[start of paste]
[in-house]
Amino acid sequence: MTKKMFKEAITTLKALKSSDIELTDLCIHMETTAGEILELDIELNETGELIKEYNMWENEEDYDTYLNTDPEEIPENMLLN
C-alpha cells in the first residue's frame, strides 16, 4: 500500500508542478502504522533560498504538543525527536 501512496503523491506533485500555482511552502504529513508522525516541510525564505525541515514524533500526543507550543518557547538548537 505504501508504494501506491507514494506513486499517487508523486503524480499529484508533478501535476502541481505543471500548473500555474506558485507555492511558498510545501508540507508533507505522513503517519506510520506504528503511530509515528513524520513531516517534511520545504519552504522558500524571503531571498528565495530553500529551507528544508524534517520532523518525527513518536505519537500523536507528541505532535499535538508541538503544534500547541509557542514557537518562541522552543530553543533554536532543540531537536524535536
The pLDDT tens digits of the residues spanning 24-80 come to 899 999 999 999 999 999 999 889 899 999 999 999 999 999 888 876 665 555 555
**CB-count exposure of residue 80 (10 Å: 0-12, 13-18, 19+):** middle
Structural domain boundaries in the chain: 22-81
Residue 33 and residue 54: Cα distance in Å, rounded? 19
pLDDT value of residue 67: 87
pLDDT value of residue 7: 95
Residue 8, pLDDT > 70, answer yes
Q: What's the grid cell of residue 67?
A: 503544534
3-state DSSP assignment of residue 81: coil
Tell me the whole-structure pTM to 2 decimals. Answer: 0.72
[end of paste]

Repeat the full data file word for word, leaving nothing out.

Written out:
[in-house]
Amino acid sequence: MTKKMFKEAITTLKALKSSDIELTDLCIHMETTAGEILELDIELNETGELIKEYNMWENEEDYDTYLNTDPEEIPENMLLN
C-alpha cells in the first residue's frame, strides 16, 4: 500500500508542478502504522533560498504538543525527536 501512496503523491506533485500555482511552502504529513508522525516541510525564505525541515514524533500526543507550543518557547538548537 505504501508504494501506491507514494506513486499517487508523486503524480499529484508533478501535476502541481505543471500548473500555474506558485507555492511558498510545501508540507508533507505522513503517519506510520506504528503511530509515528513524520513531516517534511520545504519552504522558500524571503531571498528565495530553500529551507528544508524534517520532523518525527513518536505519537500523536507528541505532535499535538508541538503544534500547541509557542514557537518562541522552543530553543533554536532543540531537536524535536
The pLDDT tens digits of the residues spanning 24-80 come to 899 999 999 999 999 999 999 889 899 999 999 999 999 999 888 876 665 555 555
**CB-count exposure of residue 80 (10 Å: 0-12, 13-18, 19+):** middle
Structural domain boundaries in the chain: 22-81
Residue 33 and residue 54: Cα distance in Å, rounded? 19
pLDDT value of residue 67: 87
pLDDT value of residue 7: 95
Residue 8, pLDDT > 70, answer yes
Q: What's the grid cell of residue 67?
A: 503544534
3-state DSSP assignment of residue 81: coil
Tell me the whole-structure pTM to 2 decimals. Answer: 0.72